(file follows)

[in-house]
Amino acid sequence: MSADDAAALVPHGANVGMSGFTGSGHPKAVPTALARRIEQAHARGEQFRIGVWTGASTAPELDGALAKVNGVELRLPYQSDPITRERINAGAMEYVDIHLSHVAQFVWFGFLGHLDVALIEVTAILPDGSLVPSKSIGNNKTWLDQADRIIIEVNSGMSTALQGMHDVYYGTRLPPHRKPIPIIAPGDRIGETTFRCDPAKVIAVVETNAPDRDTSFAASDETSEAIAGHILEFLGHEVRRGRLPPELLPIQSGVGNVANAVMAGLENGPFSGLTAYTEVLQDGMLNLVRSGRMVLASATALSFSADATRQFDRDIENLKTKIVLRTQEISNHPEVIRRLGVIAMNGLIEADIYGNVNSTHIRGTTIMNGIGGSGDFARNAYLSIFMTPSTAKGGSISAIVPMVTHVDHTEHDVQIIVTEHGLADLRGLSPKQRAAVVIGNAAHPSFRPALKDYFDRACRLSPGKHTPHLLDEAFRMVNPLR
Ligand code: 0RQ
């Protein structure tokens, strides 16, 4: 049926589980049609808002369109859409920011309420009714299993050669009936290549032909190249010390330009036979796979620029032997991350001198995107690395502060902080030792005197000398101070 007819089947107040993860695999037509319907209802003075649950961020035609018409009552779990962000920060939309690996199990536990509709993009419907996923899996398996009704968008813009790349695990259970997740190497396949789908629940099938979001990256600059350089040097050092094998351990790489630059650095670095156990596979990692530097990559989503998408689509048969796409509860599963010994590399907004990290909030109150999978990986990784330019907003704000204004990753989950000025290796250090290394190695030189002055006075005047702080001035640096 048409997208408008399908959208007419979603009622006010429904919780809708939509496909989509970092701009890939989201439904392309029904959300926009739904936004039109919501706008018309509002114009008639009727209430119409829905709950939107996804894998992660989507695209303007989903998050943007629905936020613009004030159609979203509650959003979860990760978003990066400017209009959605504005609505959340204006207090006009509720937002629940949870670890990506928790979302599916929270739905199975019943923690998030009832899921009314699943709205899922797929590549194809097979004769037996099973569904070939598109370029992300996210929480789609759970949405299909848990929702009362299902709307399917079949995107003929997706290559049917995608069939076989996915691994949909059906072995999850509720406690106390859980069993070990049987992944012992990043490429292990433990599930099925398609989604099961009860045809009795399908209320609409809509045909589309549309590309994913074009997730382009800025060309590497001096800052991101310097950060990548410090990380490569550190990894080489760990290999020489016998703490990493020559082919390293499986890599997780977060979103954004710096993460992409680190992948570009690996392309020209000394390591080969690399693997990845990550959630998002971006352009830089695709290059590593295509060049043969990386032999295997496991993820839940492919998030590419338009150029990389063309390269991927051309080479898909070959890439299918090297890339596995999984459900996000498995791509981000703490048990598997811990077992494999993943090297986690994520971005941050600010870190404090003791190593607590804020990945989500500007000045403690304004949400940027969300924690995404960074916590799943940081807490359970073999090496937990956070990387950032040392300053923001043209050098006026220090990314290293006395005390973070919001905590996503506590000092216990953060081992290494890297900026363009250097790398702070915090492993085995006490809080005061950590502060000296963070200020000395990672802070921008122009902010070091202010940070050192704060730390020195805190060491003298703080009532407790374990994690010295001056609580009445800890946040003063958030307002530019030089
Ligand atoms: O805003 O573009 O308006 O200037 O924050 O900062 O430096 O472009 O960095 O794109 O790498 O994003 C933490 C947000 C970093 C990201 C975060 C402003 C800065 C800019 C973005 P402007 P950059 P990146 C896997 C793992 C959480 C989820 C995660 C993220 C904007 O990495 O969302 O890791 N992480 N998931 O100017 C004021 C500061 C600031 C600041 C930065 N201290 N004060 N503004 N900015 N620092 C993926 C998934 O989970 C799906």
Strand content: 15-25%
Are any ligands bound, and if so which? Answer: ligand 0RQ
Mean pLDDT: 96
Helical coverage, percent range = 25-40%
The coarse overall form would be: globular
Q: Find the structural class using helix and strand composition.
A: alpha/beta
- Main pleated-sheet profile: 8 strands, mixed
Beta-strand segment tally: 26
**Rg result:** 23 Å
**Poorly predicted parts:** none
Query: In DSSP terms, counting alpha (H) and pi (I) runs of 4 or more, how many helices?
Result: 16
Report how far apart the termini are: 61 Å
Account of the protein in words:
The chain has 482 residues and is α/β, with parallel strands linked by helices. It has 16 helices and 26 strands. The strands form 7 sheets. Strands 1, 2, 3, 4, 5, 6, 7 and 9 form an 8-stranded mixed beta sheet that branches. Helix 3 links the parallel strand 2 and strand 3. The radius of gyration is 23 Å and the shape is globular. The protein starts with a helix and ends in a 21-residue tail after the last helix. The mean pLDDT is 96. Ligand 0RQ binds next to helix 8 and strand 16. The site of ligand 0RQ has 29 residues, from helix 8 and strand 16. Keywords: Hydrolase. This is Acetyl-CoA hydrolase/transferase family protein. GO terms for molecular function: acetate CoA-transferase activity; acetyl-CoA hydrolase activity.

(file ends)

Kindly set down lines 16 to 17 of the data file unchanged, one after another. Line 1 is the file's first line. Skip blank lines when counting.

**Poorly predicted parts:** none
Query: In DSSP terms, counting alpha (H) and pi (I) runs of 4 or more, how many helices?